During the appeal, which included lengthy public comment and a clarification period, the council was faced with four options: reverse the planning commission’s decision, modify the decision, or affirm the decision in whole or in part. The council could also vote to give the decision back to the planning commission.

Whether or not it will eventually house a cannabis-related business, the path was cleared last week for a building at 1119 Ream Avenue to be subdivided.

The Mount Shasta City Council during a special meeting on Dec. 16 voted 3-1 to affirm the planning commission’s decision to allow a lot split in the building where Stoneway Crossfit is currently located.

During the appeal, which included lengthy public comment and a clarification period, the council was faced with four options: reverse the planning commission’s decision, modify the decision, or affirm the decision in whole or in part. The council could also vote to give the decision back to the planning commission.

Those who filed the appeal on behalf of the nearby “I AM” School and Sisson School said they are concerned with the building potentially being used for cannabis production and the dangers they believe this presents to Mount Shasta’s youth.

Background

The issues with this particular space on Ream Avenue were sparked in March 2019 after the Mount Shasta City Council voted 3-1 to amend an ordinance to shrink the cannabis buffer zone from the state mandated 600 feet to 450 feet.

The Keep Cannabis Away from Kids campaign and others in the community gathered enough referendum signatures to force the council to reconsider the changes or place the issue on the ballot, and the buffer was reverted back to 600 feet.

The owner of the Ream Ave. building, Reny Townsend, purchased the building a few years ago and, according to Mount Shasta City Planner Juliana Lucchesi in a post meeting interview, “didn’t know there was a school on Siskiyou Avenue” which interfered with his plans to expand Jefferson Soul.

According to Lucchesi, the “I AM” School wasn’t protected by a buffer until 2017 when the state changed regulations. Previously, established “sensitive use” buffer zones only listed specific schools within the soft-industrial zones, she explained.

As a solution to the problems presented by the buffer zone, Townsend suggested splitting and subdividing the building, so there would be more space in between the “I AM” School and the potential cannabis business.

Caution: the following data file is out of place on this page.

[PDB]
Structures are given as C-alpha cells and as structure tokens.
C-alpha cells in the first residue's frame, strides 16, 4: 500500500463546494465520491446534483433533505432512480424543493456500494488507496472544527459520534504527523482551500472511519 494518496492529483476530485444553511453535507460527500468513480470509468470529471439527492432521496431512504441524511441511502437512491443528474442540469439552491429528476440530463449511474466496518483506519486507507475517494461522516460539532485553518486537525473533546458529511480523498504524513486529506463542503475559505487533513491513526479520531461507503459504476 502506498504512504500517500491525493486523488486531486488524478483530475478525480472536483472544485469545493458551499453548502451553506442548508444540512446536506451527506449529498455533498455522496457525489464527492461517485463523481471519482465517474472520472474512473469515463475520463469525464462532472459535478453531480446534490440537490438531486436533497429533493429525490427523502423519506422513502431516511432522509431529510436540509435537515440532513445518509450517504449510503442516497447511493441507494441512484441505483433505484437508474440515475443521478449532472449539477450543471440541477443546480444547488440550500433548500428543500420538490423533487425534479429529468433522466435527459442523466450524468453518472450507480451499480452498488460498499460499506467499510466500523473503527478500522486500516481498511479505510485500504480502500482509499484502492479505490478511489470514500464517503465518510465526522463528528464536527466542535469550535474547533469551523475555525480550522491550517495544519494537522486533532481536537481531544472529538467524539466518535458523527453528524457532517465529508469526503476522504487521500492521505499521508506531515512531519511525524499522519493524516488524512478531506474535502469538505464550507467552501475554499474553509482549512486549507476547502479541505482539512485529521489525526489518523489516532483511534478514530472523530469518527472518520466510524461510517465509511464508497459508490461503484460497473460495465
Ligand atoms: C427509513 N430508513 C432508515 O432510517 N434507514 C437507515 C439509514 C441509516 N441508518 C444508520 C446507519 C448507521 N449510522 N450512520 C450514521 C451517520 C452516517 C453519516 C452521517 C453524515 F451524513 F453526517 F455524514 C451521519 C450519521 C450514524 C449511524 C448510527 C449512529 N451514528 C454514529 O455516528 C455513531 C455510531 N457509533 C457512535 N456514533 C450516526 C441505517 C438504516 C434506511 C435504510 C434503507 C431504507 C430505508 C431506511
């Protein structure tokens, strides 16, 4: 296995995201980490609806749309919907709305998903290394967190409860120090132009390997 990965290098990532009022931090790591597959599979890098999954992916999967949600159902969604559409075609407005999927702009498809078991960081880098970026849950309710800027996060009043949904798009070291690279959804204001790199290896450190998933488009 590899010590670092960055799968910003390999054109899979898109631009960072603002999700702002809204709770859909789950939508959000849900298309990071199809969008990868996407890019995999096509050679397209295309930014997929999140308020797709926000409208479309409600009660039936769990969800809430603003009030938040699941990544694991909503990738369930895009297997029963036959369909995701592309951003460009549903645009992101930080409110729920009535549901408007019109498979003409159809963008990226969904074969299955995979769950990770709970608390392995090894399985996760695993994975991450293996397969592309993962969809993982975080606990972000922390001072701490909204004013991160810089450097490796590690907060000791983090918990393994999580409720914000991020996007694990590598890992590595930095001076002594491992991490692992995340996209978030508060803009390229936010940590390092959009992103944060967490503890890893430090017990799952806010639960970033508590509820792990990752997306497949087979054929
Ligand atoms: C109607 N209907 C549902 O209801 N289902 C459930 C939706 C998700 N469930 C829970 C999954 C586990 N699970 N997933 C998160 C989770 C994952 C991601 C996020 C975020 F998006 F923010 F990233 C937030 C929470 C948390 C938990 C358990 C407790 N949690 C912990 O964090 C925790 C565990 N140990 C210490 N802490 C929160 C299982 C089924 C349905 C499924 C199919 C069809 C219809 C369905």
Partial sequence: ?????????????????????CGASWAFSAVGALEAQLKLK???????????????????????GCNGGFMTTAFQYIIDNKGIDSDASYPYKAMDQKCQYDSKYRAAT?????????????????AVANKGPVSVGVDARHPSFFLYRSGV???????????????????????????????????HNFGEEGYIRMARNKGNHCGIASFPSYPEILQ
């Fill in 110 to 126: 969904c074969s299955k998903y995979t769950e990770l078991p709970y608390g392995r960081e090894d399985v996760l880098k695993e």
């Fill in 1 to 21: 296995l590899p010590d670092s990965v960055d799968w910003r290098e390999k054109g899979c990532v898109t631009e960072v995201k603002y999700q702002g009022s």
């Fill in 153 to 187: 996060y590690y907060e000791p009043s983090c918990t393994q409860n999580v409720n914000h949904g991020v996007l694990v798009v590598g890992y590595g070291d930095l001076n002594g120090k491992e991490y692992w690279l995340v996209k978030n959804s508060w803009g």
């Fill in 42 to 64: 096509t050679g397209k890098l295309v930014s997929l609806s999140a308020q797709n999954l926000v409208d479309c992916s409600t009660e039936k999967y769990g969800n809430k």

The arguments

Those who oppose subdividing the building as a solution had several arguments as to why it’s unacceptable. They questioned the council’s posting of meetings regarding the issue, suggesting they may have violeted the Brown Act. They cited the planning commission’s approval of a CEQA class 1 exemption status, and said there were “unusual circumstances,” in relation to the project.

According to Lucchesi, “when we’re reviewing a parcel map in sections for subdivisions with four parcels or less, the things we take into account are: does the parcel split meet zoning code standards? Does it meet general land use standards? And, also does it meet state subdivision map act? Use is not a factor in that.”

There were also accusations of an “unconscious bias” within the city council. Members of the public insinuated that if the city moves forward with the lot split and allows a cannabis business there, funds generated by the business will be used to pay for the sale of revenue bonds recently sold as part of the solar project to fund the waste water treatment project, and ultimately pay for upgrades for Crystal Geyser’s influx.

Lucchesi clarified that the wastewater updates are a state mandated and that Crystal Geyser is not involved. Lucchesi also noted that while the city does have a cannabis tax, it is not enough to pay back the bonds.

Council member Barbara Wagner also provided clarification on the tax subject, stating that “the cannabis tax goes into the general fund, so it is discretionary funding that we can use and spend as we need to ... whereas the wastewater treatment fund is specific utility, sewer and water that is designated for that, and has to be used for the plant.”

Townsend reiterated that he wants to provide growth within the city.

“We have the best intentions, we want to promote sustainable growth, keep it legal, make jobs and contribute to the community.” Townsend ended with “whatever happens, I understand.”

The vote

Councilor John Stackfleth moved to approve the appeal and for the planning commission’s decision to be rejected and sent back to them. There was no second vote.

Wagner moved to affirm the planning commission’s decision and issue the parcel split with conditions stated in the planning report. She said the planning commission met all necessary criteria to allow the lot split.

Redmond seconded Wagner’s motion.

The 3-1 approval was determined in a roll call vote, with Stackfleth being the sole no. Councilor Paul Engstrom wasn’t present, as he recused himself from the proceedings due a conflict of interest with the building’s original real estate transaction.

The decision clears the way for Townsend to begin subdividing the building.